The role of economic reforms in boosting or dialing down Soviet nostalgia is importantly complemented by differences in the domestic political environment. Illustratively, while Estonia and Lithuania both have an ideologically functioning “leftist” political wing, Latvia for decades since the restoration of independence had not gone back to its tradition of social democracy. “The ethnic cleavages [within Latvian society] prevented the development of leftist politics. In Latvia, what most people mean by ‘left’ effectively refers to post-Communist/Russian-speaking [individuals or organizations],” said political scientist Dr. Ivars Ījabs, of the University of Latvia (Opendemocracy.net, December 18, 2017).
However, ideologically consistent parties have finally begun to emerge in Latvia in recent years, according to Dr. Iveta Kažoka, a director and leading researcher at the Riga-based think tank Providus. This contrasts with the rather vague groupings, often centered around one particular figure, that had heretofore defined Latvian politics. Among the new type of political parties, Dr. Kažoka named For Latvia’s Development (liberal, center-right), Movement For! (liberal, center-left) and the Progressives, an explicitly social-democratic faction campaigning under the slogan “Turn Latvia in a Nordic direction.” The researcher argued, “We [Latvia] are moving to a more values and issues-based politics than previously,” and noted that, unlike even a few years ago, Latvian political parties are no longer afraid to state that they are center-left or that they are socially liberal (Opendemocracy.net, December 18, 2017).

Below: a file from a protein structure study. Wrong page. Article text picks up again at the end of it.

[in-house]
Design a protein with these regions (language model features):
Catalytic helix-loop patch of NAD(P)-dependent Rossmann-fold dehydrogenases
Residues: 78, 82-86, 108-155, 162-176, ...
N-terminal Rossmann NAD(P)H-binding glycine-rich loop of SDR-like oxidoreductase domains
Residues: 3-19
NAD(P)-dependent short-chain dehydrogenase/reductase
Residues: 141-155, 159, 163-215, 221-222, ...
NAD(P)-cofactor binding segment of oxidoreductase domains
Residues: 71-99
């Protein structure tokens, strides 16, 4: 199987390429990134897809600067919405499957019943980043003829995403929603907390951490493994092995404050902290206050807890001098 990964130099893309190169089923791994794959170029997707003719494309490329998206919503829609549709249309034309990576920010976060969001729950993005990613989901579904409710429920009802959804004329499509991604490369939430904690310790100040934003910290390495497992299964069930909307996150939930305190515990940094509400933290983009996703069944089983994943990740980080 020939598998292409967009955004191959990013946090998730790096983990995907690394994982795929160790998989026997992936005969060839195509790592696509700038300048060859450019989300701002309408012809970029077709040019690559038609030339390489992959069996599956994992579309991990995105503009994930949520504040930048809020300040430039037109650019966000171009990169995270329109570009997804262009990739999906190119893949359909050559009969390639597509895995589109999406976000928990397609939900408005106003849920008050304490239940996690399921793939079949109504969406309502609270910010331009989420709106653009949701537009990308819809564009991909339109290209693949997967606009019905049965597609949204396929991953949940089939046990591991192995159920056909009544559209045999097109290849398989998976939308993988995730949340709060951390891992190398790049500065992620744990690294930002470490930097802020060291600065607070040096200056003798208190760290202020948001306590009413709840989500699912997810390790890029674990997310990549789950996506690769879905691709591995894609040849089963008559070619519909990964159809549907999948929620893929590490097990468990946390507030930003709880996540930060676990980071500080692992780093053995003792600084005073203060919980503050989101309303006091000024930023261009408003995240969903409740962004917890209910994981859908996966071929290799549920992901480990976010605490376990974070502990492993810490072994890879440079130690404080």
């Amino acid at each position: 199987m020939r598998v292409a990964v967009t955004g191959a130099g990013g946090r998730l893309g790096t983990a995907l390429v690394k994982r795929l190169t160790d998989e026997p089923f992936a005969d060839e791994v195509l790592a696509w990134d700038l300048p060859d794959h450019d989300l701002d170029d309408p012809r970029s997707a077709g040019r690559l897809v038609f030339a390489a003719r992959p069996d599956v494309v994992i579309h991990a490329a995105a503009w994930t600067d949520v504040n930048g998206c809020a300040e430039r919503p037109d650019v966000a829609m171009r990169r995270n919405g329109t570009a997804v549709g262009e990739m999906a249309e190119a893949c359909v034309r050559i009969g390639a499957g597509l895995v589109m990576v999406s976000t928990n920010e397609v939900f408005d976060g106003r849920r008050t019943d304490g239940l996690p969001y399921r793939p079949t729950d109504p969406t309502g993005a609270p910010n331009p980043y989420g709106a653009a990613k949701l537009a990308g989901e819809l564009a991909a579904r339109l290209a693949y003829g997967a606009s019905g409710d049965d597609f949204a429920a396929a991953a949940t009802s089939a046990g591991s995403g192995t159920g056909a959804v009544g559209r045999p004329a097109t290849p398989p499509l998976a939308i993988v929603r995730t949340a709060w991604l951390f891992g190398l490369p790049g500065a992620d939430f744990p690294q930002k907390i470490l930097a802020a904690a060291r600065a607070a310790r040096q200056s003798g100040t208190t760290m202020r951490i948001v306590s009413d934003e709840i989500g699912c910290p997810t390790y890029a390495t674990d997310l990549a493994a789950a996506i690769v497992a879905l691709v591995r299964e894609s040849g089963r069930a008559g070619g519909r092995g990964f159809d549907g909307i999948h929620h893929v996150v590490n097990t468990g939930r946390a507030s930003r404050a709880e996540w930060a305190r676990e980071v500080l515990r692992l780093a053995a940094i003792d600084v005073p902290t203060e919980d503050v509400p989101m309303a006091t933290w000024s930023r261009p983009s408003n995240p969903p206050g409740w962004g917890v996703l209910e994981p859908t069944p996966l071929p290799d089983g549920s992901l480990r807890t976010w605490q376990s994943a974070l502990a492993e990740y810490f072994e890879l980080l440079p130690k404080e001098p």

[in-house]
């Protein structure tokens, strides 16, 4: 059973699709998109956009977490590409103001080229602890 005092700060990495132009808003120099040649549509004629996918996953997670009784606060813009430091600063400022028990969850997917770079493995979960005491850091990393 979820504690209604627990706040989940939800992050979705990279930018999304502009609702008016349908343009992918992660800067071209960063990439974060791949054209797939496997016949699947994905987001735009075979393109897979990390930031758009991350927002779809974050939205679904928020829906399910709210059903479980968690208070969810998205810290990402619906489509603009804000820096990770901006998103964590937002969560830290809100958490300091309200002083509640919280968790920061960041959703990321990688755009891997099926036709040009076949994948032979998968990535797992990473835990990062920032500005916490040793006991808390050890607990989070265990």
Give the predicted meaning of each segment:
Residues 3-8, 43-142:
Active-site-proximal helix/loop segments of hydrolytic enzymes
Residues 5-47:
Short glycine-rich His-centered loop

“Despite optimistic statistics of economic growth, Latvian people continue to flee [emigrate],” maintained Daniels Pavļuts, who heads Movement For!. He relates the issue of social inequality and exclusion to persistent flaws in health care, education, retirement and an unjust tax system in Latvia. In his opinion, taxation should be changed to a progressive rate instead of the current fixed one (Lsm.lv, July 27, 2017; Kustibapar.lv, accessed July 23, 2018).
Similarly, the goal of the Progressives is to develop such conditions for all residents of Latvia so that they can be assured of their social security. “Social inequality is not an abstract indicator, it affects the availability of healthcare and education, housing quality, and other areas of human life and activities,” noted Roberts Putnis, the leader of the new social-democratic party (Author’s interview, July 17). The Progressives’ political platform explicitly states that national security must be considered in relations to all areas affecting broader society. This means providing a full-fledged social support network for crisis situations or individual assistance as well as fostering civic engagement. Security also means environmental safety and protection of nature, the highest industrial and cyber security standards, along with traffic safety, effective civil protection and state protection against external threats (Progresīvie.lv, accessed July 23).
Since Latvia is already meeting its obligations under the North Atlantic Treaty Organization (NATO) to spend 2 percent of its GDP on defense, Latvian politicians gearing up for this year’s parliamentary elections are now turning their attention to social security issues, designed to boost social solidarity and loyalty toward the state. Such policies, if successfully implemented, may finally help dispel the remnants of Soviet nostalgia, which has continued to feed Homo Sovieticus.